By Steve Dechan
Managing the immediate demands of the coronavirus pandemic (COVID-19) has tested many of the world’s healthcare systems to their limits. As we move forward, the new challenges presented by this impact must be faced.
More than 111.3 million cases of COVID have occurred worldwide in the months since the initial outbreak in December 2019. However, the speed of spread appears to be slowing, the curve in many countries is beginning to flatten, and attention is starting to turn to how the international community will address the continuing needs of those most affected by the pandemic.
Recent UK data (covering February-April 2020) indicates that 17% of those admitted to hospital with COVID-19 required support in Intensive Care Units (ICU), and of those, more than 50% required mechanical ventilation. About 20% of those requiring mechanical ventilation are said to be discharged, with a further 27% receiving ongoing care. Given the number of global infections, this suggests a cohort of critically ill survivors of unprecedented size.
The treatment needs of COVID-19 survivors are not yet fully appreciated. Although initially assumed to be a respiratory disease, it is now clear that the disease affects a variety of internal systems. According to the American Centers for Disease Control and Prevention, the long-term complications of COVID-19 can include:
- Cardiovascular: inflammation of the heart muscle
- Respiratory: lung function abnormalities
- Renal: acute kidney injury
- Dermatologic: rash, hair loss
- Neurological: smell and taste problems, sleep issues, difficulty with concentration, memory problems
- Psychiatric: depression, anxiety, changes in mood
From these difficulties, it is therefore likely that COVID-19 survivors will have significant issues requiring ongoing support post-pandemic. As a result of this, there has been a recent ‘call to action’ amongst the rehabilitation community to act quickly to ensure adequate resources to provide early phase, multidisciplinary interventions to promote physical and psychological recovery from COVID-19.
These complex long-term challenges have been termed post-intensive care syndrome (PICS). This term incorporates all complications reported post-ICU that can have acute effects on an individual’s quality of life. Chronic pain is often part of this, but how this affects sufferers of PICS is poorly understood. Estimates of chronic pain prevalence post-ICU vary from 14% to 77% depending on timescale, method of measurement, and population. Pain also appears to be an important factor affecting one’s ability to return to work and quality of life up to 5 years after discharge. Those surviving critical COVID-19-related illness will likely be at particular risk of developing chronic pain, PICS and the lifestyle implications this carries.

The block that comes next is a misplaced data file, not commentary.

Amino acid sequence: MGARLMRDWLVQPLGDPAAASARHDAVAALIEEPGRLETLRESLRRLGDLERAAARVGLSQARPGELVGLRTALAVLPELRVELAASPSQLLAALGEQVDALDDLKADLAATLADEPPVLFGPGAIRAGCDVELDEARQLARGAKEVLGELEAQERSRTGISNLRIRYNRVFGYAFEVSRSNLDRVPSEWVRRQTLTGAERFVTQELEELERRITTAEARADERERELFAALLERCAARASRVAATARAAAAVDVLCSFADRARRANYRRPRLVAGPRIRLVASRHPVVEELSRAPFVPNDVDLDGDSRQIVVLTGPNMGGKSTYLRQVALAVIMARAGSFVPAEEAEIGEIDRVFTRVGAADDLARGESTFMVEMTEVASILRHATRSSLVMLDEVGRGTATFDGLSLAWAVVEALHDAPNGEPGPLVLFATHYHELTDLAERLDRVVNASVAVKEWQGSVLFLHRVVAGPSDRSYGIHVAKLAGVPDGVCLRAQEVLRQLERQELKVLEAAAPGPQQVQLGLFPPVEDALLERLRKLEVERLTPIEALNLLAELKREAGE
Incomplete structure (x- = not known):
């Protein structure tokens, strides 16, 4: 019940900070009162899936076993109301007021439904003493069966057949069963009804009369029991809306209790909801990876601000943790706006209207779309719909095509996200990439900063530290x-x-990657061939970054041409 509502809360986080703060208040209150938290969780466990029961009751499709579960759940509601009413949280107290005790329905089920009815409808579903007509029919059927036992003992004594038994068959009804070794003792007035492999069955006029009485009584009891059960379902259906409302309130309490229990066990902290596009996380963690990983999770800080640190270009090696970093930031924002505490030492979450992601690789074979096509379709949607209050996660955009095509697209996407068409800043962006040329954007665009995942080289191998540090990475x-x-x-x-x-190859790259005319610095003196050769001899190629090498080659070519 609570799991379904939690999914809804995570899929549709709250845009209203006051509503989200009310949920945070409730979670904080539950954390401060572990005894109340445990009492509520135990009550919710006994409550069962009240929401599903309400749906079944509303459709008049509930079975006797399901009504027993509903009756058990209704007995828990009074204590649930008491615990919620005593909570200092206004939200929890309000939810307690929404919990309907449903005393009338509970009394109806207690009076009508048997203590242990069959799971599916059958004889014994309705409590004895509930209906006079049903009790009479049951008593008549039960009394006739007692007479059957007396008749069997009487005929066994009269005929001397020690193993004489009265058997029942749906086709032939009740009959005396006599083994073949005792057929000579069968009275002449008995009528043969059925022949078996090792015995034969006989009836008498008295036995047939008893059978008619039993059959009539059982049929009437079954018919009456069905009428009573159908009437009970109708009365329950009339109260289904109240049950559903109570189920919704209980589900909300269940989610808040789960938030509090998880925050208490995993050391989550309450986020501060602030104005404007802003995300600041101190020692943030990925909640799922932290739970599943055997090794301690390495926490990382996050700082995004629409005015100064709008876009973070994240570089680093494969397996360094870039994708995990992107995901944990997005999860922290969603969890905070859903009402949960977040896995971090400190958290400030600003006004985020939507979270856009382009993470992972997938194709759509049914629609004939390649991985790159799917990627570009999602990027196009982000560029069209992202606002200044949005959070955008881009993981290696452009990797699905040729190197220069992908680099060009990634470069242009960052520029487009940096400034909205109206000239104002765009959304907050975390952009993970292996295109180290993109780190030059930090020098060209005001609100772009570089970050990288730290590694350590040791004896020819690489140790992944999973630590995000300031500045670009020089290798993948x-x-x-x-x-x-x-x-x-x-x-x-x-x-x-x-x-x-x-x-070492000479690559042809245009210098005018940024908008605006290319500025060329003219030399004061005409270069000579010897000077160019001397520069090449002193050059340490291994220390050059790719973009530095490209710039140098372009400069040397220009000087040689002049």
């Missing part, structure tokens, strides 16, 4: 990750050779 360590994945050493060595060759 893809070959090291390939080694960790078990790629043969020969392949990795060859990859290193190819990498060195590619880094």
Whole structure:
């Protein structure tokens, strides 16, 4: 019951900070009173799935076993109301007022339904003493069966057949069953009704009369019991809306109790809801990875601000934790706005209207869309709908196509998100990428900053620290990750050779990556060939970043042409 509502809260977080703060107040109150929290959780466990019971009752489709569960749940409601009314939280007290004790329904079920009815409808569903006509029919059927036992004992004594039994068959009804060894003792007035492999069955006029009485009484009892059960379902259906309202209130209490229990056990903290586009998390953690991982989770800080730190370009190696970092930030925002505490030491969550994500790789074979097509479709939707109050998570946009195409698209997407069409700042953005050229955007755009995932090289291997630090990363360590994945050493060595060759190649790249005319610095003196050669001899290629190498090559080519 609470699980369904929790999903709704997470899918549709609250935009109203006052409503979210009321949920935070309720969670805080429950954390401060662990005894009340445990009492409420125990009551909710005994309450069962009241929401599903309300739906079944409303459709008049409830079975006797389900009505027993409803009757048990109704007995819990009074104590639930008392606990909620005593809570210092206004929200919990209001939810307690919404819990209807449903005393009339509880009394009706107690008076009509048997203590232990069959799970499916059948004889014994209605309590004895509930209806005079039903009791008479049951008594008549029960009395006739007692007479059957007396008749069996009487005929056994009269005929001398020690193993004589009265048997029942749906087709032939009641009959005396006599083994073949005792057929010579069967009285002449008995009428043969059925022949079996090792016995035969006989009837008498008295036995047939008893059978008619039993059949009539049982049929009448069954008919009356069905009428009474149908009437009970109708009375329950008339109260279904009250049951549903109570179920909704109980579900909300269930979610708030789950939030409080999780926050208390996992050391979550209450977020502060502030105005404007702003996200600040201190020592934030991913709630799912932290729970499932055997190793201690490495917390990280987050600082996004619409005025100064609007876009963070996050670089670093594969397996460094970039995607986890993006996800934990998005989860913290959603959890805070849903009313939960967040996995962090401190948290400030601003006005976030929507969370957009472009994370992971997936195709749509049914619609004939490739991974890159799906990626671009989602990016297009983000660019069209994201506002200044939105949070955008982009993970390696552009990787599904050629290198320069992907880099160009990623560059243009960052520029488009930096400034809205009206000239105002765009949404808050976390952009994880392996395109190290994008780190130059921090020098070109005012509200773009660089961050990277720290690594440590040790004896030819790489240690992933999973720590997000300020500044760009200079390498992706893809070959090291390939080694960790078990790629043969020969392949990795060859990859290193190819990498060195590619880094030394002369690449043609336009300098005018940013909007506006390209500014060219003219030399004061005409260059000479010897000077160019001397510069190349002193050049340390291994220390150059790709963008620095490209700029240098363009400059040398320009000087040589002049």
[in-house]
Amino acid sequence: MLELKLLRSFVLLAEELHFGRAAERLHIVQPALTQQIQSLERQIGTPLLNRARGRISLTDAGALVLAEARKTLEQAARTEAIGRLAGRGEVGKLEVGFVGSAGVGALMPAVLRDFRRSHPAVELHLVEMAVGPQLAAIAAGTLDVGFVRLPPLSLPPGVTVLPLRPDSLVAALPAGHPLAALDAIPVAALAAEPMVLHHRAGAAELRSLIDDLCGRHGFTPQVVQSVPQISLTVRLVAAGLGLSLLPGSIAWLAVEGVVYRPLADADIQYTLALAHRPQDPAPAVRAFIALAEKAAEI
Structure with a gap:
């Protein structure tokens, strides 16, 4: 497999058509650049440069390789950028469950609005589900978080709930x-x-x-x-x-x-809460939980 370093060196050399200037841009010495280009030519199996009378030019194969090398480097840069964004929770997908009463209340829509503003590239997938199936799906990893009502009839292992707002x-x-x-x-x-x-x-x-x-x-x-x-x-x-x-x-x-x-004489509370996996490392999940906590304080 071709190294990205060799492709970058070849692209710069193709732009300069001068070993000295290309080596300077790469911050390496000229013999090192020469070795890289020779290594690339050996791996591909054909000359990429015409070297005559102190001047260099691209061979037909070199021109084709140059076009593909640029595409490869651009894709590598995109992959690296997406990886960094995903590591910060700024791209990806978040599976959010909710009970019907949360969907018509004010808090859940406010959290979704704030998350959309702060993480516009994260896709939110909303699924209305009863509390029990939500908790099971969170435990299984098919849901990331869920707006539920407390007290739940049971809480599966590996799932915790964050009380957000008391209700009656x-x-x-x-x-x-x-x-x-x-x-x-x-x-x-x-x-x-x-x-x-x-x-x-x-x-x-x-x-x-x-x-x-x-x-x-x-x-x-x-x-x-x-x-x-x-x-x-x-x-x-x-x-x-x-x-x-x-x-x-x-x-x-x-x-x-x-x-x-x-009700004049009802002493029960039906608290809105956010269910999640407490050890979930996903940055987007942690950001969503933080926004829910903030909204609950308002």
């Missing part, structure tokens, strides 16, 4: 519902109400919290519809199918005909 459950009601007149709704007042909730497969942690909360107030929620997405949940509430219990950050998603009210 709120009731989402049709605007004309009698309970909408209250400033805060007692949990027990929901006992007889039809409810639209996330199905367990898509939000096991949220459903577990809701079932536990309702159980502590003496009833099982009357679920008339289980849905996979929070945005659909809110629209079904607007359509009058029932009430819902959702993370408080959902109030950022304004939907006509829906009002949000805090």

As the occurrence of acute pain is a consistent risk factor for those with chronic pain, it is worth considering how this is managed in the ICU. Those recalling higher pain and distress during ICU admission appear to be at higher risk of developing chronic pain after discharge. Unfortunately, even in quiet periods in ICU, pain is an often-neglected symptom receiving low priority and surprisingly poor assessment and management given the highly staffed, well-skilled environment.
In response to this, guidelines to improve pain assessment and management in ICU have been developed in the USA and Europe. These guidelines are aimed at improving long-term outcomes through multidisciplinary management of symptoms, mobility, and communication. However, these processes, which often involve non-pharmacological strategies, are labour intensive and realistically may be unachievable in current pandemic conditions.
It is now clear that COVID-19 itself is associated with painful symptoms, including myalgia, arthralgia, abdominal pain, headache, and chest pain, and even those not admitted to critical care environments may have pain requiring opioids for symptom management.Flexibility and changes to the delivery of health and social care are required in this rapidly changing clinical environment. While the path of this pandemic has not given us the luxury of creating a high-quality evidence base on which to base our management decisions, it is up to us to critically evaluate how we are approaching these ongoing issues. Looking forwards, we need to work collaboratively to evaluate interventions used in post-COVID-19 patient rehabilitation, and ensure we can support those who need support in the future.